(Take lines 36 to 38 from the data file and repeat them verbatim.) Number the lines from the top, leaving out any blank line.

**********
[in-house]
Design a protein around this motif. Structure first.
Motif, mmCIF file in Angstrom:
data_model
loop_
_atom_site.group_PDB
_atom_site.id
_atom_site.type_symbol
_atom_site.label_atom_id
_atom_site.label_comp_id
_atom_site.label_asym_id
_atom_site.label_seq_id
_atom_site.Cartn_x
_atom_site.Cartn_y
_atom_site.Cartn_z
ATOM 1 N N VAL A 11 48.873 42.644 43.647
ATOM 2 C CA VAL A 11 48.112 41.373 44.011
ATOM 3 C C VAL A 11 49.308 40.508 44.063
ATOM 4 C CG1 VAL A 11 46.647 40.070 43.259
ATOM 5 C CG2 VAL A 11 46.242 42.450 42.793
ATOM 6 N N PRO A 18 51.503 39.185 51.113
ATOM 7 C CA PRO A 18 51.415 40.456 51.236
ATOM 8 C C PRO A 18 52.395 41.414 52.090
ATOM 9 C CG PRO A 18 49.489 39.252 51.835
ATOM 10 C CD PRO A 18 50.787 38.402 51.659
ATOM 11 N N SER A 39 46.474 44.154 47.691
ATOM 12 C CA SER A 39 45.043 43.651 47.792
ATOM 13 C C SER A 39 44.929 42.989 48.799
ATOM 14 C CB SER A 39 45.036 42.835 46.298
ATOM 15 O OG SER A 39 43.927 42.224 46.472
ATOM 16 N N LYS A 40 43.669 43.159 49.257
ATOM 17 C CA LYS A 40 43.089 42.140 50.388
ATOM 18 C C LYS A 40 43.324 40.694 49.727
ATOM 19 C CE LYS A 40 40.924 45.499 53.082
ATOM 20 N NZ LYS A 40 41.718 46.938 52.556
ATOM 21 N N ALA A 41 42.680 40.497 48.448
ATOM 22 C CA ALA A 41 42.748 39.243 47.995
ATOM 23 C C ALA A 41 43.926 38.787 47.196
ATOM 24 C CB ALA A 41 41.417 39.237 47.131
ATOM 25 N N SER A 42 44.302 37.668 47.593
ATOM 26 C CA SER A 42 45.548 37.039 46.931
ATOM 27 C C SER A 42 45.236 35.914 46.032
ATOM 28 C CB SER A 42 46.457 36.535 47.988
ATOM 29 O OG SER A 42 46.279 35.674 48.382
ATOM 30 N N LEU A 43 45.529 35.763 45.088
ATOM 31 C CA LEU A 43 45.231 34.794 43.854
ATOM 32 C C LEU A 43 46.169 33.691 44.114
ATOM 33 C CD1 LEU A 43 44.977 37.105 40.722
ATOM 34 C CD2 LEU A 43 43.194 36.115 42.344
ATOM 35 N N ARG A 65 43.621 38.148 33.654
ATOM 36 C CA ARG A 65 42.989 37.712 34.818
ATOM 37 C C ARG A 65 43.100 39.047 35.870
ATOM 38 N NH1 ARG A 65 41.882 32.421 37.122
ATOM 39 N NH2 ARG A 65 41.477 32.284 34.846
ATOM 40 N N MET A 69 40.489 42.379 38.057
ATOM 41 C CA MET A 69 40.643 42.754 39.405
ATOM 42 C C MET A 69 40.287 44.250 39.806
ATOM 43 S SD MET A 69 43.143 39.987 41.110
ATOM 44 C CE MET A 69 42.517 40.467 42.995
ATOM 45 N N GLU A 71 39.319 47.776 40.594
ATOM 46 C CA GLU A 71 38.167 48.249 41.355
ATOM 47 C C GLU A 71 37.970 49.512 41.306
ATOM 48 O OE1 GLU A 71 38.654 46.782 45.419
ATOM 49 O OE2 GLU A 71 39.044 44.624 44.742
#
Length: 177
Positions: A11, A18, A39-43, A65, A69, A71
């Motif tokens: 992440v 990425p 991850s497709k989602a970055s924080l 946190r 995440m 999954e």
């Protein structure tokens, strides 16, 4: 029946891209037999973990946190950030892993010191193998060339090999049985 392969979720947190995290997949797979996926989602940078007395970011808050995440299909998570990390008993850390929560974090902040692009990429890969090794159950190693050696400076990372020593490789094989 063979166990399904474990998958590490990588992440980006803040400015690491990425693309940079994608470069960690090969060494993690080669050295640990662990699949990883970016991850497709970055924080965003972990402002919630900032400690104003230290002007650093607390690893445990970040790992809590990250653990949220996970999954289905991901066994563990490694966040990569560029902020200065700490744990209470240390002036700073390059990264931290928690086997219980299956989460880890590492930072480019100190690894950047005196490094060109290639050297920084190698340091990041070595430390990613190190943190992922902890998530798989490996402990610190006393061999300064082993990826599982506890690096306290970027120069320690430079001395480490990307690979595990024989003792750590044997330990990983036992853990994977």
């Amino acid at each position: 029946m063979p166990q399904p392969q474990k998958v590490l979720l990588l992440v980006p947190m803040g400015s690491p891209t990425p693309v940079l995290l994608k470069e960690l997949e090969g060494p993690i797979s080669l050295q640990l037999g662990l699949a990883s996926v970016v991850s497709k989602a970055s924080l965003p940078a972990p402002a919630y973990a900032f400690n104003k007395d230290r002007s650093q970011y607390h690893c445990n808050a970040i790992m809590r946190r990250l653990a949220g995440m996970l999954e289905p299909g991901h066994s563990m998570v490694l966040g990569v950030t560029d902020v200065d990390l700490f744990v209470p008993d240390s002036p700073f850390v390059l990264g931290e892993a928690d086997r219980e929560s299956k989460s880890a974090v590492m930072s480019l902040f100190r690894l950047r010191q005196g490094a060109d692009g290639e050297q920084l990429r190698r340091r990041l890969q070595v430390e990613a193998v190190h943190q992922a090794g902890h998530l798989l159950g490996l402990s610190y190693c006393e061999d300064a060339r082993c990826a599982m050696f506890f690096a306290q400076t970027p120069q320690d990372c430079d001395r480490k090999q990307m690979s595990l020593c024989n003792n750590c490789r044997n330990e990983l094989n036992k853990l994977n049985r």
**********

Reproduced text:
ATOM 21 N N ALA A 41 42.680 40.497 48.448
ATOM 22 C CA ALA A 41 42.748 39.243 47.995
ATOM 23 C C ALA A 41 43.926 38.787 47.196